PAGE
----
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The loons are much more proper and composed, but no less effective or determined in their mission, as this pair was firmly escorting an interloper out of a cove it had claimed as its own.
Loons Escorting an Interluder from their Cove
Today there was a solitary loon floating all afternoon and evening in our cove.  Perhaps it was the same one, looking for a mate to come along and find Lake Wicwas.  Could it be our new loon that hatched on the lake last summer?

There was a pair of pileated Woodpeckers performing a mating dance around an oak tree.
Pileated Woodpeckers
 

Last year there were two males portraying similar behavior, but this time it is one male and one female - the female indicated the lack of a red "mustache".

One calm, sunny morning just after sunrise there were several Song Sparrows out serenading their mates from the branches hanging over the lake.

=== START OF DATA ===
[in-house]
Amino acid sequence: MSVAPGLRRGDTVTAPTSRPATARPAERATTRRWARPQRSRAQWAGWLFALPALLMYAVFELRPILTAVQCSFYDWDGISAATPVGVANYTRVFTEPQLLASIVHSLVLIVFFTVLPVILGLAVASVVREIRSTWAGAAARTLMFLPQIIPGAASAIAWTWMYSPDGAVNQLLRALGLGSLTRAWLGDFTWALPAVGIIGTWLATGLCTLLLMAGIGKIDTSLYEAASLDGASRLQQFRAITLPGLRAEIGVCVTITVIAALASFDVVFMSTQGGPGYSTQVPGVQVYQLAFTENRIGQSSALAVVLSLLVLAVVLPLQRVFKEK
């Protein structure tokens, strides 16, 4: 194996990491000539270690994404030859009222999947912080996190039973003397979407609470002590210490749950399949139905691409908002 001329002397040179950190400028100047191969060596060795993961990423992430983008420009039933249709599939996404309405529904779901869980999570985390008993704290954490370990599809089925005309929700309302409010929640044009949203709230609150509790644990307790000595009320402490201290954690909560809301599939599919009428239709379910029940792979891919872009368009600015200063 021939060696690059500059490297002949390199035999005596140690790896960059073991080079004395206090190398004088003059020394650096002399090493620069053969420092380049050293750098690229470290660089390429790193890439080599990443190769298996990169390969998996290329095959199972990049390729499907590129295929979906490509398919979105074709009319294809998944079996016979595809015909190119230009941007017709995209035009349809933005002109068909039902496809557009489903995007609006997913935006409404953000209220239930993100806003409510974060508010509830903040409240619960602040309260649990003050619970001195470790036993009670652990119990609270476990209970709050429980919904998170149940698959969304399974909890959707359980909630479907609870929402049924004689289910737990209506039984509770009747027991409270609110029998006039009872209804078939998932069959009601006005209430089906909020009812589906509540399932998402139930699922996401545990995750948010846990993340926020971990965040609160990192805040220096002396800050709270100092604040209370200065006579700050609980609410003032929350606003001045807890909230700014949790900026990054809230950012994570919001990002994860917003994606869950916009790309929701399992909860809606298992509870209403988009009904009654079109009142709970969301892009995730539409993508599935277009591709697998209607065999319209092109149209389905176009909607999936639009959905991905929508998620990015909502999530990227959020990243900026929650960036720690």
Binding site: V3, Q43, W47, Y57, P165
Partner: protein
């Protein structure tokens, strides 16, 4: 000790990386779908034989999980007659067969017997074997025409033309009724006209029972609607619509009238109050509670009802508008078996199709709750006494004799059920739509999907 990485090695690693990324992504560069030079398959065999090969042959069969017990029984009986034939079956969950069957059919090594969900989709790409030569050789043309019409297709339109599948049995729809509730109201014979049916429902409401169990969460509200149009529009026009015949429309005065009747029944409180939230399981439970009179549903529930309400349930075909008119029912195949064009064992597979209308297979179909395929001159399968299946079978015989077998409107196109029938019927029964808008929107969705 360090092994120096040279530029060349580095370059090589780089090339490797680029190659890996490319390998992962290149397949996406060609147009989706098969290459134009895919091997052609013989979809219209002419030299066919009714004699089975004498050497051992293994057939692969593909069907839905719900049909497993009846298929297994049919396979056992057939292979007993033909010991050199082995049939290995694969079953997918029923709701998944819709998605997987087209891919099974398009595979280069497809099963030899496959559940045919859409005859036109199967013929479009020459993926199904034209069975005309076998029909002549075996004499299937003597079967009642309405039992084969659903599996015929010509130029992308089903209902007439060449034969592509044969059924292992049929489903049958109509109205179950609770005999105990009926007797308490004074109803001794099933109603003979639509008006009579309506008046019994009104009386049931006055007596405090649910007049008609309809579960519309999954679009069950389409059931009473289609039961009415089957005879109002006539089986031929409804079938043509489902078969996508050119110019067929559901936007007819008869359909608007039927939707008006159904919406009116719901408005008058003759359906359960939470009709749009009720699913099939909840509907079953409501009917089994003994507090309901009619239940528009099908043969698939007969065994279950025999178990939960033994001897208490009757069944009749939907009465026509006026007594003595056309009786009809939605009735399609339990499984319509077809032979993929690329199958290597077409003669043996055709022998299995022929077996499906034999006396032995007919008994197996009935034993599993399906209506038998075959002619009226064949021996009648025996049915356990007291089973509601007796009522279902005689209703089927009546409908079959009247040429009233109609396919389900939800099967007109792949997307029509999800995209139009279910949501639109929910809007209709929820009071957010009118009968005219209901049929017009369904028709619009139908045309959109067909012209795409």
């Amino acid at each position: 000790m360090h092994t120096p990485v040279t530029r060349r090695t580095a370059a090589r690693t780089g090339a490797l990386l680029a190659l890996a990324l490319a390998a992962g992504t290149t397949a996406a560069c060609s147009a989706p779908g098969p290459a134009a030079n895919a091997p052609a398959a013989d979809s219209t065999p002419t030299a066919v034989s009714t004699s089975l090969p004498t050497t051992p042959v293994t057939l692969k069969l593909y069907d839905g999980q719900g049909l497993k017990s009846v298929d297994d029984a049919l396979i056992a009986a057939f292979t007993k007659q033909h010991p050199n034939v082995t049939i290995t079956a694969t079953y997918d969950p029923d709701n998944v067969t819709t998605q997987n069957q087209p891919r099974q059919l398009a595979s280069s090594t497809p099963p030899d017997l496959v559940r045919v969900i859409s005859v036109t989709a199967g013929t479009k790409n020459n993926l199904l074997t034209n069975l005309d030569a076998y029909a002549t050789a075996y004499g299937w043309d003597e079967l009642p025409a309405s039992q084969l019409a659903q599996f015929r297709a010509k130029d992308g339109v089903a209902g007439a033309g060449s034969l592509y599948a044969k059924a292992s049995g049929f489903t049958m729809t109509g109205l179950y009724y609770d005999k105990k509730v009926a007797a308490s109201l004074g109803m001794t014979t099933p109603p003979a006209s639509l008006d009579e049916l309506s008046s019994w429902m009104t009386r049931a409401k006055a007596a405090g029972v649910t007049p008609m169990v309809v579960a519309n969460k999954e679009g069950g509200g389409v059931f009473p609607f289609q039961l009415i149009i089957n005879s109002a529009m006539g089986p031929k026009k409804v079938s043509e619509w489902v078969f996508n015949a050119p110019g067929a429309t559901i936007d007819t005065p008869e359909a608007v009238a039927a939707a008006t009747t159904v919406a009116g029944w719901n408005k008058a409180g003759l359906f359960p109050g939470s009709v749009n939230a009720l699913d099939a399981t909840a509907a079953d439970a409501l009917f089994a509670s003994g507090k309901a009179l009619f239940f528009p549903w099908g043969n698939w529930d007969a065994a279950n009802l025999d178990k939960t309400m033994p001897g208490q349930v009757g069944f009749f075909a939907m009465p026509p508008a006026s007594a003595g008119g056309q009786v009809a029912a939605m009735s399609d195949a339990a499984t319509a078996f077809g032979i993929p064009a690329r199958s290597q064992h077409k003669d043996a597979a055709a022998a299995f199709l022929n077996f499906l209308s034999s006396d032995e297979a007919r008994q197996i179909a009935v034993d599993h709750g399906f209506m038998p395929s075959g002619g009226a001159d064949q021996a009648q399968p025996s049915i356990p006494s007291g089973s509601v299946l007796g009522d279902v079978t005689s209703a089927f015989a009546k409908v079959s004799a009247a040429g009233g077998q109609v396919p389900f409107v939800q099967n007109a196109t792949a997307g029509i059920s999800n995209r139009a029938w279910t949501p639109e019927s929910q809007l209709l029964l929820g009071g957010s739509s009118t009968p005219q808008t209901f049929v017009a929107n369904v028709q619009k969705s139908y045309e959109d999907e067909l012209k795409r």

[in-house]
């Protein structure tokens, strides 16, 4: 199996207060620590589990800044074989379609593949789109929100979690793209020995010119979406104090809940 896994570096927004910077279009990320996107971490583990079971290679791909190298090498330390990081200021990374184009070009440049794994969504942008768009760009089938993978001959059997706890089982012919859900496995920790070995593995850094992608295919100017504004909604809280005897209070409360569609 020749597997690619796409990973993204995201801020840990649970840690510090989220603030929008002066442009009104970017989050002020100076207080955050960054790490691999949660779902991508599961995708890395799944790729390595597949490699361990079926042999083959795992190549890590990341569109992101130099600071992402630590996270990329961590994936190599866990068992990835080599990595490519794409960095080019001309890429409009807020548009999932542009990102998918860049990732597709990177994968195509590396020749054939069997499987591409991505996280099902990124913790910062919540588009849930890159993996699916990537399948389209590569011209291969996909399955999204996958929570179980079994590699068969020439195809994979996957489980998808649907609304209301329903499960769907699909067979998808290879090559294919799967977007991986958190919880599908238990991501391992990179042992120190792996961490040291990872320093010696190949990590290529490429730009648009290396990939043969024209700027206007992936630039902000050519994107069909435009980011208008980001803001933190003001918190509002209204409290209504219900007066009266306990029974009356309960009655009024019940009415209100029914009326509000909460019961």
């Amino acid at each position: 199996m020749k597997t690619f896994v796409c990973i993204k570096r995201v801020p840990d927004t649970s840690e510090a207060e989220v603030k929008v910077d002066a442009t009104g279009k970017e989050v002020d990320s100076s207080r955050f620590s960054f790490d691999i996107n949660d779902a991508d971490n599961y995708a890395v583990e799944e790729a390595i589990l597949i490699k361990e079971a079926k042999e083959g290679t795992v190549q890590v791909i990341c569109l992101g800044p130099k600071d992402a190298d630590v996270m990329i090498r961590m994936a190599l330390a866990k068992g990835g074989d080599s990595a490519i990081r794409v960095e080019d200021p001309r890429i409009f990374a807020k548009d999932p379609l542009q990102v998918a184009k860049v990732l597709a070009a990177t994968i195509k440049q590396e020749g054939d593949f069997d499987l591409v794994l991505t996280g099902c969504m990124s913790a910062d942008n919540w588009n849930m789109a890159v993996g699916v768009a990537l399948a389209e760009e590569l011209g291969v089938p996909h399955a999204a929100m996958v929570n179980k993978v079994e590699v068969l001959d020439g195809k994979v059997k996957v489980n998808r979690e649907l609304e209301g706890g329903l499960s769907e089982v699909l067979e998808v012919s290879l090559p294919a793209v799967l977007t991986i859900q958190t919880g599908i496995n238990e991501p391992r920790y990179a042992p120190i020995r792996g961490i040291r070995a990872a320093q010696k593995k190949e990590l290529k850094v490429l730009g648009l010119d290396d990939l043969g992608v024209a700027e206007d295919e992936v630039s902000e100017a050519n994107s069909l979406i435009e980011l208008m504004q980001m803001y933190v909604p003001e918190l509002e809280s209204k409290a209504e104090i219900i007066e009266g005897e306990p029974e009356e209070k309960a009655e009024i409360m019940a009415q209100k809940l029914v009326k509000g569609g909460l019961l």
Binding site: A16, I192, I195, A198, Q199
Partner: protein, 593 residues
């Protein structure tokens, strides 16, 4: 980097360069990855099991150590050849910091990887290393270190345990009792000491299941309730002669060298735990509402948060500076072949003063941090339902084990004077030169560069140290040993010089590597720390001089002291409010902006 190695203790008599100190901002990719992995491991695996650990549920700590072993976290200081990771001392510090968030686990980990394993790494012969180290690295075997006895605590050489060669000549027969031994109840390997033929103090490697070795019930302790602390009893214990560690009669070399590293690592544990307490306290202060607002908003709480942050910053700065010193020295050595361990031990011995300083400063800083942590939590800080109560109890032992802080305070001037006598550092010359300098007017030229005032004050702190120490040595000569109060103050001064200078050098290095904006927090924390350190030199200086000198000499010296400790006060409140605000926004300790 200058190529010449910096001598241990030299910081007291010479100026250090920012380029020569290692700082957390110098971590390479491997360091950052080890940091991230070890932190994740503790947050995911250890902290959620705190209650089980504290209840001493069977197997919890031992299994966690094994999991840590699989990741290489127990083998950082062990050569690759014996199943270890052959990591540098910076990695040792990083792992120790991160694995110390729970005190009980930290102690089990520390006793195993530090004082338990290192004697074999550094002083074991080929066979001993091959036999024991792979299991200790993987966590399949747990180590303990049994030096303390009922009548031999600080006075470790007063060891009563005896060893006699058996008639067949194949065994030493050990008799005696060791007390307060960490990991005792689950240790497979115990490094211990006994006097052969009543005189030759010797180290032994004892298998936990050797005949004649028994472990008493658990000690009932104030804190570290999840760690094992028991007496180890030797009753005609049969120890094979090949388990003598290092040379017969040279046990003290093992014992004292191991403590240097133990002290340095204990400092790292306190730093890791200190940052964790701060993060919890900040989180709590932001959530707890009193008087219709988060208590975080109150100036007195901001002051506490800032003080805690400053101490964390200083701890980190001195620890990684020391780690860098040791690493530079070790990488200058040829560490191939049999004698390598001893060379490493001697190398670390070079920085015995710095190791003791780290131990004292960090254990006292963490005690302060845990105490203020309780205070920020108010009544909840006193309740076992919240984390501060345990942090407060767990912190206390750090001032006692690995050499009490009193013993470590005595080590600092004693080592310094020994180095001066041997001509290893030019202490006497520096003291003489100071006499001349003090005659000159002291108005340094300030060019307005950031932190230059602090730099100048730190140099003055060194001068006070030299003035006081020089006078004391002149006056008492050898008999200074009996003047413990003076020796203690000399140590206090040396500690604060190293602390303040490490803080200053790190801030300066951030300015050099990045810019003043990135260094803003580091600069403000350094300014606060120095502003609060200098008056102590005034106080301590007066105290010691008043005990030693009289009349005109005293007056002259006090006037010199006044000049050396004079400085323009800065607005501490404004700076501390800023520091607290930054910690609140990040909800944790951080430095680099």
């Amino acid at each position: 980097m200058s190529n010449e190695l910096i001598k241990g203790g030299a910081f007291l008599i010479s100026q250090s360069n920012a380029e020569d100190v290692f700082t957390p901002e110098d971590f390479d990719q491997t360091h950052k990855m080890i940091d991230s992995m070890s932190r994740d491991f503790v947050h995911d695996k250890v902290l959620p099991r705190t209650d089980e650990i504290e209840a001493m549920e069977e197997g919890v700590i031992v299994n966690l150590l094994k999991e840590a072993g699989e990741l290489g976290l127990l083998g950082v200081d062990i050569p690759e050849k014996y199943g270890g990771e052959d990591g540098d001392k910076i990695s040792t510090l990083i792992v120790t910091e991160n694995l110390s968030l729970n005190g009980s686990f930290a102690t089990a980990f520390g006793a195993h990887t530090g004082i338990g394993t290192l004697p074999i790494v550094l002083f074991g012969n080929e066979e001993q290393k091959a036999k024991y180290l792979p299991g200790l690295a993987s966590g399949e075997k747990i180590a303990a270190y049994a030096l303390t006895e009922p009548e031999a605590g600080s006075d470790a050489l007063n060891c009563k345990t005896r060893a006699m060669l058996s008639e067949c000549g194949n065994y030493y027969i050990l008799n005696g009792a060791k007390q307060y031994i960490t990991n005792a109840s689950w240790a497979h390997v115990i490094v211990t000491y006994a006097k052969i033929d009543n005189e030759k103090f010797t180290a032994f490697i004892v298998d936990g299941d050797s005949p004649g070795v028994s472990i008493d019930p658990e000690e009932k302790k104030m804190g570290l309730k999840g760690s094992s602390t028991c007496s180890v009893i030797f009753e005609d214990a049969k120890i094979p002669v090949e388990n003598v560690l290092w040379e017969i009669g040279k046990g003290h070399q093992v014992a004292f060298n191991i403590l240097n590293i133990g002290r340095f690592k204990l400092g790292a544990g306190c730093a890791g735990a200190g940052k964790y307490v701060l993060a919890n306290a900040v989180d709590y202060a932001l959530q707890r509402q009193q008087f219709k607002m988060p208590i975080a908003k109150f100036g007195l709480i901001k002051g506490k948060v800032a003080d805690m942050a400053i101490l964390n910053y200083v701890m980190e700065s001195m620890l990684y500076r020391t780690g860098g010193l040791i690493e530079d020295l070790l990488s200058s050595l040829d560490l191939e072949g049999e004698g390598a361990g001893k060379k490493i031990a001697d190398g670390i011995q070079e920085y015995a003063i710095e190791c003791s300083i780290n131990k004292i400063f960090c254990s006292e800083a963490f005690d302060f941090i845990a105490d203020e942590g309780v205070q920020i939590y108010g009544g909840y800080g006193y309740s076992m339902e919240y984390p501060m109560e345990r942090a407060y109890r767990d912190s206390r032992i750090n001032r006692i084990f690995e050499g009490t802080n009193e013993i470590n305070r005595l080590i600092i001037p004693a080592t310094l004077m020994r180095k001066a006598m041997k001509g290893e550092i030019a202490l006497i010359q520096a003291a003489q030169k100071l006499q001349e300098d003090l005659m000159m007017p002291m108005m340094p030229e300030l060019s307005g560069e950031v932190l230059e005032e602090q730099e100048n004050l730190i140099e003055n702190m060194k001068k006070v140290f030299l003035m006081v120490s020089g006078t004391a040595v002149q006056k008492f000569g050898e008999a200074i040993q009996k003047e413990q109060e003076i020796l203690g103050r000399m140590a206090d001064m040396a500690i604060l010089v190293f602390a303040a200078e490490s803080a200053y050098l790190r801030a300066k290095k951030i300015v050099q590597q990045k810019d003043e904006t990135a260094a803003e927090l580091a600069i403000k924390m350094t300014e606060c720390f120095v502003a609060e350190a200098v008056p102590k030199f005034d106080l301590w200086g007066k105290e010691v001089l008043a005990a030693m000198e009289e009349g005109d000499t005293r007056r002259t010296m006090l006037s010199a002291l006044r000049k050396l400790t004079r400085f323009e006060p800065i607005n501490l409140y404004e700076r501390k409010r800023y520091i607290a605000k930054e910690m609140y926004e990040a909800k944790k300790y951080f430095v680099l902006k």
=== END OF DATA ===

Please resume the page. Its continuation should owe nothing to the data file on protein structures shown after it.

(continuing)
Song Sparrow Singing in the Morning Sun


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So as the last vestiges of winter dissipate from Lake Wicwas, new life is evident everywhere, bringing with it renewal and hope, even as we grieve what we have lost. I wasn't quite up to putting it in words last week, but when I saw the Osprey - also knows as a Fishhawk because it is one of nature's most proficient fishers - soaring over Bev and Chuck's house, presenting a fish in its talons, I couldn't help but think it was showing its respect to Lake Wicwas' greatest fisherman.

Sunday, April 21, 2013

April 21, 2013